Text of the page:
Primary tabs

Opera Parallèle’s In the Penal Colony Highlights Philip Glass’s Days and Nights Festival

October 9, 2018

Opera Parallèle

Come for the music, go read the story

Why attend an operatic version of a short story? Perhaps you are hoping for an interestingly different perspective from your own imagined reading, or interested in how the music might augment the story, or looking for how innovative staging may do the same. Opera Parallèle’s production of Philip Glass’s In the Penal Colony at the Golden Bough Playhouse in Carmel this weekend offered a mixed bag of great musical performance with mediocre staging.

Glass’s opera is based on Franz Kafka’s short story of the same name. The story has only four characters, all male: an officer, a visitor, a soldier, and a prisoner. The prisoner has been detained for slipping up on the job, which is to salute his superior’s door on the hour, every hour. Without knowledge of his crime, the ability to defend himself, or knowledge of his punishment, he is sentenced to death by means of a torture apparatus managed by the officer. The apparatus is designed to inscribe the “commandment” which the convicted person has broken into their flesh, first on the skin, then, over the course of 12 hours, deeper and deeper into the convicted person’s body. Support for the use of the apparatus is dwindling in the penal colony and when the officer is unable to convince the visitor to publicize his observation of the apparatus in action, he believes it will fall into disuse. The officer releases the prisoner and kills himself using the apparatus, convinced that not using the apparatus would prevent him from meting out justice.

Rudolph Wurlitzer’s libretto stays close to Kafka’s text, mostly drawing from, reassigning, and rearranging dialogue from the short story. But, as the dialogue is the minority of the text, interesting elements such as hints about location, potential identity of the country in charge of the penal colony, and the camaraderie between the soldier and prisoner are dropped, the result is a thinner storyline with fewer themes.

Glass draws on his usual compositional techniques to move the story along, including his rhythmic “heartbeat” motive (a bass line on the beats with a tenor line pulsing at twice the bass-line rate), different rhythmic overlays on this motive, his trademarked arpeggios, scales, and occasional lyric moments. The heartbeat motive works especially well here. At times it underscores the internal anxiety and unease of the visitor as he listens to the officer describe the apparatus and contemplate how he will report on what he is observing. At other times, the motive suggests the motoric function of the apparatus, whirring cruelly along, augmented by canned mechanical sounds. Less successful was Glass’s melodic writing for the vocalists, which, when not in full-lyric mode was at times uninspiringly limp, like slightly heightened recitative: uneventfully pragmatic.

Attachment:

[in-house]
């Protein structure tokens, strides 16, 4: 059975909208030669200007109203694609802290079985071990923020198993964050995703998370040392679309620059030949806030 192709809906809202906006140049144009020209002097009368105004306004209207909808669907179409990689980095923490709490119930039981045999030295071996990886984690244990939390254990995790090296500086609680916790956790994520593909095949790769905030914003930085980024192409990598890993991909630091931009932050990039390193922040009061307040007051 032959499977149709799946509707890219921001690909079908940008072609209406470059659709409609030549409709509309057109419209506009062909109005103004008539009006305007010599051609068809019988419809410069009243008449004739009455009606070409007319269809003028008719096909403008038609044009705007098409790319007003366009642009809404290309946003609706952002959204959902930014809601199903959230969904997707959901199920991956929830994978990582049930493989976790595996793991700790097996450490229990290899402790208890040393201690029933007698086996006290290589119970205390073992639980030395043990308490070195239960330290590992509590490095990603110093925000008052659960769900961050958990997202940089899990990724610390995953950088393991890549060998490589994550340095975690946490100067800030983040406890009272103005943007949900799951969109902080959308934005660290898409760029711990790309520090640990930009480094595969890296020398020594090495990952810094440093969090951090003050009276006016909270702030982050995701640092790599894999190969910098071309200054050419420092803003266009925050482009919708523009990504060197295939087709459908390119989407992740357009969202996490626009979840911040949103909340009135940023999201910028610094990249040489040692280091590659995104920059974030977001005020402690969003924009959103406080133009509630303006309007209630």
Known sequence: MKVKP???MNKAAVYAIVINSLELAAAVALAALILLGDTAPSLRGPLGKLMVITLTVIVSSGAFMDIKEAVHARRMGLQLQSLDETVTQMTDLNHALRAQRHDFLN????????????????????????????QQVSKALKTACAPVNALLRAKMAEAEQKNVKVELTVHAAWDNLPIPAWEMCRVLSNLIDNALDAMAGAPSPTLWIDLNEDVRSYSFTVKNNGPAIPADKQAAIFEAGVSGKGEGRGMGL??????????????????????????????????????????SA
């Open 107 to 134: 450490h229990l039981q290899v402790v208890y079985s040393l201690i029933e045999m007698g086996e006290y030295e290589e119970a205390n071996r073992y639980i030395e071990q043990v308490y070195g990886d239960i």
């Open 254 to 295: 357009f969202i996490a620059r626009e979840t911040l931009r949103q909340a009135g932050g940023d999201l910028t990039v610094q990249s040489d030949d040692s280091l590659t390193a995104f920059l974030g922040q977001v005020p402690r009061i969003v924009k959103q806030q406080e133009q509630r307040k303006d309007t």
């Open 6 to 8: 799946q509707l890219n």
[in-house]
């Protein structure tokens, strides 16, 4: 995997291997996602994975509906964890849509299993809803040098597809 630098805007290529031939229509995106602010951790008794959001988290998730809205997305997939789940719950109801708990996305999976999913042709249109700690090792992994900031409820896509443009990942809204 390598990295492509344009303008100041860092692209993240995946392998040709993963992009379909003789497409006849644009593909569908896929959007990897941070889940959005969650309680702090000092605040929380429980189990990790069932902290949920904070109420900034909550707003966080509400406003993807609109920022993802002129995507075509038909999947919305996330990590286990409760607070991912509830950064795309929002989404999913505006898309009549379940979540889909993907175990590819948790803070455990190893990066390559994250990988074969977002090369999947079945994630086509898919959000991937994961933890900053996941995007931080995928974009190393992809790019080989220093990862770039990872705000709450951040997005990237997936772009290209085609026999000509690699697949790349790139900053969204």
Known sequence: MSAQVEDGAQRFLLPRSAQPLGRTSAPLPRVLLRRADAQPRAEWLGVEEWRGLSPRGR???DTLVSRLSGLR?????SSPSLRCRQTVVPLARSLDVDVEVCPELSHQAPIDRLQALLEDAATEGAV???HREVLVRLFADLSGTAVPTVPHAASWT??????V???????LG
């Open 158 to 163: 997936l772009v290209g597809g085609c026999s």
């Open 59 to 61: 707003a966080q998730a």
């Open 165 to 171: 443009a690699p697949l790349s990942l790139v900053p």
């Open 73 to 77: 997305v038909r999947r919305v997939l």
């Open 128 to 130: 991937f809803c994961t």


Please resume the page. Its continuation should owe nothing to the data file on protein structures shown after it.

The instrumentalists of Opera Parallèle, Dan Flanagan, Ilana Blumberg Thomas, Jacob Hansen Joseph, Laura Gaynon, and Stan Poplin, indefatigably and movingly executed Glass’s score, and their intonation and ensemble work under the baton of Nicole Paiement were spot on. Vocalists Robert Orth and Javier Abreu were just as impressive, tightly locked with their instrumental colleagues, with beautiful tone and convincing acting (this latter point extended to Michael Mohammed and David Poznanter in their speaking roles). The acoustics of the Playhouse were less ideal and could have occasionally benefitted from better balance between unmiked vocalists and miked instrumentalists, with vocalists occasionally unintelligible.

Brian Staufenbiel’s staging and concept design were hit or miss. The use of projected visuals, which were occasionally animated, was often initially effective, but became overly simple and predictable. One effective use of visuals was when the officer’s drawings of the apparatus, when laid out on a table, were visible to the audience as a sketch above the singers, as though the officer were using a transparency machine. Another effective and beautiful moment resulted from the use of rotating stage space: a center circle and surrounding ring moving in opposite directions. During a moment of heightened anticipatory tension, the singers and actors stood still on the rotating areas, which resulted in elegant geometries accompanied by the pleasing regularity of Glass’s instrumental writing. But at other times performers were choreographed to move around busily on these rotations, drawing unartistic attention to the technology. The apparatus, so central to the story, was unfortunately unassuming and its demise at the end of the opera, cataclysmic in Kafka’s story, was almost dull on Staufenbiel’s stage.

If you came for Glass’s music, you were likely to leave the Playhouse pleased, if for a gripping multimedia experience of Kafka’s story, likely disappointed. Ultimately, Kafka’s storytelling was the most engaging element, usually effectively accompanied by Glass’s writing, spectacularly performed by Opera Parralèle. The opera opens a door into Kafka’s important work, with its themes of justice, intercultural interaction, definitions of masculinity, social change, and the power of privilege in naively unaware and dogmatically righteous forms. You may have missed a good musical performance, but the story was the best part.

Tysen Dauer studies musicology at Stanford University. His current research focuses on the reception history of early American minimalism.